What happened

Shares of Western Copper and Gold (WRN) rose a quick 20% at the open on May 17. The miner's stock was still holding onto much of that gain at roughly 10:30 a.m. EDT, with an advance of nearly 15%. You can thank mining industry giant Rio Tinto (RIO -0.15%) for the gain.

So what

Western Copper and Gold announced today that diversified miner Rio Tinto has made a 26.9 million Canadian dollar investment in the company. That money will go toward buying roughly 11.8 million shares of Western Copper and Gold at a price of CA$2.17 per share. The Toronto-listed shares are currently trading well above that figure, suggesting that investors see a worthwhile long-term benefit here. All in, Rio Tinto will end up owning about 8% of Western Copper and Gold. 

A man in a suit shooting hundred dollar bills off of a pile in his hand.

Image source: Getty Images.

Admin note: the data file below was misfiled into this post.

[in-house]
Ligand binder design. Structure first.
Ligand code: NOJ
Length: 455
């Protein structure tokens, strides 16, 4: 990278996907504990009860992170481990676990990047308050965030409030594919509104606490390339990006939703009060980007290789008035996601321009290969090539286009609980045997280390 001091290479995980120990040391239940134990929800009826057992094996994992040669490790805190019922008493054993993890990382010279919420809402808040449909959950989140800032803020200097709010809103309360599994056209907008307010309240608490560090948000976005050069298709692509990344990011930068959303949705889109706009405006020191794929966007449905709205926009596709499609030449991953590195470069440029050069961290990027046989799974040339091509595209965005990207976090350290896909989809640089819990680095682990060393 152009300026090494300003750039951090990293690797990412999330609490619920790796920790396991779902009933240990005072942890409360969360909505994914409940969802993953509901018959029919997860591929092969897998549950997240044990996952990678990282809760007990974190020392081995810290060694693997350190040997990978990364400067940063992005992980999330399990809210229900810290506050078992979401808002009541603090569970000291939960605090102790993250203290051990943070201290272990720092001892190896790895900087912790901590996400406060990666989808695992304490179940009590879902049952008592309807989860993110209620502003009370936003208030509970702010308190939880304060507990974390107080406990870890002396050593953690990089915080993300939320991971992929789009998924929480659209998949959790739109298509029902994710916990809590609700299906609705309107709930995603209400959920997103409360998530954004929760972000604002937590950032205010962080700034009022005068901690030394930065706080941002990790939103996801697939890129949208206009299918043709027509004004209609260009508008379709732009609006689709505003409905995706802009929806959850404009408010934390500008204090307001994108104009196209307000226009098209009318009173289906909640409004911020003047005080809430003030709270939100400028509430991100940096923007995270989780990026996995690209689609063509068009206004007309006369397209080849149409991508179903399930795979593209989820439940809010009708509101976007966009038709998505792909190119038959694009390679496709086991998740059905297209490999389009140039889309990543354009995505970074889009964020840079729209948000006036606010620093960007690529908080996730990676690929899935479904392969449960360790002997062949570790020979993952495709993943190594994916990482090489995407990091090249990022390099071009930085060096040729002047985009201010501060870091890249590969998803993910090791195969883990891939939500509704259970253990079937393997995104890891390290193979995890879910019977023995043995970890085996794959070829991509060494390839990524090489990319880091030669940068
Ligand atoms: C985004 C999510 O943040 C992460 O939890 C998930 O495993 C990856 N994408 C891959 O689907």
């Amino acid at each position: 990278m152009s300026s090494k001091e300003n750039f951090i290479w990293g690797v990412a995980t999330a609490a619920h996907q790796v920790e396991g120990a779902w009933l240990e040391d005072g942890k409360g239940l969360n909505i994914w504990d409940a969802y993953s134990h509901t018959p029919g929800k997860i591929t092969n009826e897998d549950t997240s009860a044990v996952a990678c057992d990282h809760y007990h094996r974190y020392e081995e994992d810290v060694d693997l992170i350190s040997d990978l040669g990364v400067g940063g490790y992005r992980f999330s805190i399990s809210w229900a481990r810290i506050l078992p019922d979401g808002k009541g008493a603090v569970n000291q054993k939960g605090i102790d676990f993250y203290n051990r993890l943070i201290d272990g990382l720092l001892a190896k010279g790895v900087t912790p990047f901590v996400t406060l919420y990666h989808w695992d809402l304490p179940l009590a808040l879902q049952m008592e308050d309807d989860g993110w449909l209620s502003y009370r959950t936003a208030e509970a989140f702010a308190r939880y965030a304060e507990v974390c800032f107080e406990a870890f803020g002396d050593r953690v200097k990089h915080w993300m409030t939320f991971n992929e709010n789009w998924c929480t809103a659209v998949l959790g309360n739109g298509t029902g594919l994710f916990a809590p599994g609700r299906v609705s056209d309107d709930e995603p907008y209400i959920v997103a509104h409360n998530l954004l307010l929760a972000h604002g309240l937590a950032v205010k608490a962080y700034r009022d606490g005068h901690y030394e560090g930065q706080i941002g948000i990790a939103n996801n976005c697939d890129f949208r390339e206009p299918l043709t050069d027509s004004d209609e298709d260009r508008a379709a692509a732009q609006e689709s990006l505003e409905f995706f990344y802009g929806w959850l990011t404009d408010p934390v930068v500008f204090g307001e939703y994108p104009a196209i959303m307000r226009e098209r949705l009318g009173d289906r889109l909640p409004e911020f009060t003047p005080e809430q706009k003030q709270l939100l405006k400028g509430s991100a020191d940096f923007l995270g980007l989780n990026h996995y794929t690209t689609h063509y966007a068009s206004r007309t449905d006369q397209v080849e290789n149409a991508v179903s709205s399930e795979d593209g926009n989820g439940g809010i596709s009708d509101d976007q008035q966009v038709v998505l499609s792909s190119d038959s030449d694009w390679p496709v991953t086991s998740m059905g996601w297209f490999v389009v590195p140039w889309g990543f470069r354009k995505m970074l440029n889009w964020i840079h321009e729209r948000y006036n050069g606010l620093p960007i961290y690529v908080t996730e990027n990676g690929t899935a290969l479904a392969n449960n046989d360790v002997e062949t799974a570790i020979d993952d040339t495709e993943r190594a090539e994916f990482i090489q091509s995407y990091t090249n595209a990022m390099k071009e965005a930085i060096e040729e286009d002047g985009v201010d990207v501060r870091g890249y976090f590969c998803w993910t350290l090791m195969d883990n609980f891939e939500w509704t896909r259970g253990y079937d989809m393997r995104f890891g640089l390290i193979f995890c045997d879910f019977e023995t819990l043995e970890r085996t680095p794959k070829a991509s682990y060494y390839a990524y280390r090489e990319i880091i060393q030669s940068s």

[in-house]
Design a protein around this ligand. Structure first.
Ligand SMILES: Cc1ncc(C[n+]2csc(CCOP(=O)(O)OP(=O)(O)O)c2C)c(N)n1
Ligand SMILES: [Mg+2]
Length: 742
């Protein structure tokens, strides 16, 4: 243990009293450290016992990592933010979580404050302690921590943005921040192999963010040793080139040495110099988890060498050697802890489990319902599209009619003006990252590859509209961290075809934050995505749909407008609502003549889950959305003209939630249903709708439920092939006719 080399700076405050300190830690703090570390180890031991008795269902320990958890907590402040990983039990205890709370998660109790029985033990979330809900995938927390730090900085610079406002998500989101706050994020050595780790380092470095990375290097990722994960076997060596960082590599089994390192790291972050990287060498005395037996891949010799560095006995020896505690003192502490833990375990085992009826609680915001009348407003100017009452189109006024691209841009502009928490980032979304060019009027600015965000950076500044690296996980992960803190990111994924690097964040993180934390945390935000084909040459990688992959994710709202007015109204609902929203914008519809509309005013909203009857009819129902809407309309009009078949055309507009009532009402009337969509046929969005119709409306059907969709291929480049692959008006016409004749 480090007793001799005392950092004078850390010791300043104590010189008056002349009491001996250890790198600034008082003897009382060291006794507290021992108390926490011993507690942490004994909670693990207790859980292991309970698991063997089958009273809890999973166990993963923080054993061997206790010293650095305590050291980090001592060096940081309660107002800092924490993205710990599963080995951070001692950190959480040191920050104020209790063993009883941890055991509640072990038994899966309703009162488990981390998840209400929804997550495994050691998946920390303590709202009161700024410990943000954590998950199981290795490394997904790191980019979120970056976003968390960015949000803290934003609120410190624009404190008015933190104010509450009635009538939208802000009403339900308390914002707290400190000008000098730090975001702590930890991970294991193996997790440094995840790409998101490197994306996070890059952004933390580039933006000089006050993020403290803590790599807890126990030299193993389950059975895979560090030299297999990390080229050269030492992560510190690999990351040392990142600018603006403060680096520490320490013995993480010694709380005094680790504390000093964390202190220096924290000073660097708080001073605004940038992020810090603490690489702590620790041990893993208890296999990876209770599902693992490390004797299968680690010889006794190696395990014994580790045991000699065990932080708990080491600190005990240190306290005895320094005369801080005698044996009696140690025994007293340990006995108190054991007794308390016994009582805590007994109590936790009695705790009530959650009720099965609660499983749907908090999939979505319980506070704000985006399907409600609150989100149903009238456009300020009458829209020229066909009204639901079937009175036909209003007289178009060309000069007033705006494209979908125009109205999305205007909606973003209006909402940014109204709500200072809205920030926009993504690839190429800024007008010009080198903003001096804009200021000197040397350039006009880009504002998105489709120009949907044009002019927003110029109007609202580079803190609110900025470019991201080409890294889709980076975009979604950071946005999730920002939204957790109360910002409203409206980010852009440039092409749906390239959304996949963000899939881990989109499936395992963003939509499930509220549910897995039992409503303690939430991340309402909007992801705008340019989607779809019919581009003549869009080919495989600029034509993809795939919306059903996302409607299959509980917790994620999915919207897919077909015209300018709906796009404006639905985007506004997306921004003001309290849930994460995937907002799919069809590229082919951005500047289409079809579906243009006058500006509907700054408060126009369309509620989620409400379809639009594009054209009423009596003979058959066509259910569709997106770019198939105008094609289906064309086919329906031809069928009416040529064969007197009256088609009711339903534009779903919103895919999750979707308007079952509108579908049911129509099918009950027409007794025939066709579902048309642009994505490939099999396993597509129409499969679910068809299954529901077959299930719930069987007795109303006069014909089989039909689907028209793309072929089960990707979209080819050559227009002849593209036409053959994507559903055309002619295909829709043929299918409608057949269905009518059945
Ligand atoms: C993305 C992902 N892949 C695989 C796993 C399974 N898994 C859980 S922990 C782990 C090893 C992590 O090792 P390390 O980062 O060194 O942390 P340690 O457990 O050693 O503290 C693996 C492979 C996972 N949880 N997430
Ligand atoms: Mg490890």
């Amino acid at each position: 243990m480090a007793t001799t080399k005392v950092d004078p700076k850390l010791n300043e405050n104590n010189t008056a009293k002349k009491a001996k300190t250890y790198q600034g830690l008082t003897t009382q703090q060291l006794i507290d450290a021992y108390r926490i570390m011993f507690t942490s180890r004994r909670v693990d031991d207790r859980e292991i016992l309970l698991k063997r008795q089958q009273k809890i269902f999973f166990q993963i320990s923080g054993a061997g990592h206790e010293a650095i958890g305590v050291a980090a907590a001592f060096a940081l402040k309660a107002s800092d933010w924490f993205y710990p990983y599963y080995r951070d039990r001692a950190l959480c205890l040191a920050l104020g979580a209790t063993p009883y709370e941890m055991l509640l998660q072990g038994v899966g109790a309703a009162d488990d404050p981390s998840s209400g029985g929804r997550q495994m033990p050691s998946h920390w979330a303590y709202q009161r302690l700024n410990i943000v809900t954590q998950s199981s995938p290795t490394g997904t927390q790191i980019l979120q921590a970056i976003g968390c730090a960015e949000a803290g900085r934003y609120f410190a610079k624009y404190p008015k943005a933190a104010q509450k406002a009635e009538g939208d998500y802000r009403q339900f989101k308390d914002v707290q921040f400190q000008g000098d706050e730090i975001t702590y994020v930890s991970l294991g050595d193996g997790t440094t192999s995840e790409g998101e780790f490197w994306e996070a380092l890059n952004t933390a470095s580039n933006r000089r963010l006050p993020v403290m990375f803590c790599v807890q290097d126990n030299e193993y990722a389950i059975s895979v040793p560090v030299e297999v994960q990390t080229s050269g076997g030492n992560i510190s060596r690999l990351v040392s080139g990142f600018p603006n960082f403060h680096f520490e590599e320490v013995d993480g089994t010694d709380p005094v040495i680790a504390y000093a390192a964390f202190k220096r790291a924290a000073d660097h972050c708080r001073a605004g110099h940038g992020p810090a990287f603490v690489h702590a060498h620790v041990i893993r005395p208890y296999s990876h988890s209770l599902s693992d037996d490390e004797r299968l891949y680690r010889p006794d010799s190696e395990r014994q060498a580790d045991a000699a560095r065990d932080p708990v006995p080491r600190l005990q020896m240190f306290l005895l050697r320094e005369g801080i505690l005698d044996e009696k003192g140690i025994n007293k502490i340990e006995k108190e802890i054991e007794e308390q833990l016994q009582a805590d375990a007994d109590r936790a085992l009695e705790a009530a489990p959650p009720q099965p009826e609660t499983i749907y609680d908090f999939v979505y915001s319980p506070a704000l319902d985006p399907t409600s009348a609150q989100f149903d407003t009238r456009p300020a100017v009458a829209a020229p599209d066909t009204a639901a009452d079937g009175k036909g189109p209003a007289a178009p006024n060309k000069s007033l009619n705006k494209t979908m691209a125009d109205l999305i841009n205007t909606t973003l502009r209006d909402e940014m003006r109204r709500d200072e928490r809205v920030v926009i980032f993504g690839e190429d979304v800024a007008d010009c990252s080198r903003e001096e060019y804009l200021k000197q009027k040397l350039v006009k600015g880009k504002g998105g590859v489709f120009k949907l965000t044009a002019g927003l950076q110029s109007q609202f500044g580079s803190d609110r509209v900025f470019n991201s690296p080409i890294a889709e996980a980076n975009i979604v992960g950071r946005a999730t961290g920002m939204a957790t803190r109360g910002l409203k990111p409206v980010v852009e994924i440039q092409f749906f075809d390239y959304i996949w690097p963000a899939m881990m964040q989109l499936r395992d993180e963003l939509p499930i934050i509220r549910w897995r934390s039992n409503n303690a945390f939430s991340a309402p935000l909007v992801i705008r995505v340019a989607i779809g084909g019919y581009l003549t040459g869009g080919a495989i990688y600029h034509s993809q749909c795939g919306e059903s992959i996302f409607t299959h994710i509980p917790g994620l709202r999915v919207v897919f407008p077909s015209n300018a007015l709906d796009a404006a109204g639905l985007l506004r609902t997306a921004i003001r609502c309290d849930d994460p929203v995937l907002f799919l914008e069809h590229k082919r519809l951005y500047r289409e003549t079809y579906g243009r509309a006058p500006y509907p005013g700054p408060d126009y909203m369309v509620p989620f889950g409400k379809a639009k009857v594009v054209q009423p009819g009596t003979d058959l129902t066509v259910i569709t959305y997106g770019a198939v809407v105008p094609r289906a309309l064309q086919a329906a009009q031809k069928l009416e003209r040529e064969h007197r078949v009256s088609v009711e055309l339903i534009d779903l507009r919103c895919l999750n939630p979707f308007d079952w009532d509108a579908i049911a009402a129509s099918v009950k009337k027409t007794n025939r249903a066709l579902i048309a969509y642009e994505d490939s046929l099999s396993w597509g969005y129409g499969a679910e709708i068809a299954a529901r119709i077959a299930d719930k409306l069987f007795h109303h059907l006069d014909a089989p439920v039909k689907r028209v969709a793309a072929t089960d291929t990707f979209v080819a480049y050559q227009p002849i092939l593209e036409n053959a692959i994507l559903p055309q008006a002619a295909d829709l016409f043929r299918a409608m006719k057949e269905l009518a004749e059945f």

In addition, Rio Tinto will get the right to invest in future stock sales so it can maintain its ownership stake. Rio Tinto will also be getting a seat at the table (input on a key project committee and the ability to monitor board meetings) with the potential for even more input (a board seat) should its investment in Western Copper and Gold rise to 12.5%.

The cash infusion will help fund the development of Western Copper and Gold's key asset, the Casino Project. The project is still in the early stages, but the stated objective here is for Rio Tinto to "better understand the potential of the Casino Project."   

Now what

Western Copper and Gold is a small company with big development plans. The Rio Tinto investment is a big vote of support, but mines are complex, expensive, and can take a long time to build. Indeed, there are still very real risks to consider here, including that development plans don't go as well as hoped; environmental, political, and legal headwinds cause delays (or worse); commodity prices fall (reducing the expected value of the project); or that funding costs prove increasingly difficult to cover. Most long-term investors should probably take a wait-and-see approach, even though some canny types might be thinking, perhaps not unreasonably, that Rio Tinto could end up buying Western Copper and Gold if the mine it is building turns into a big winner.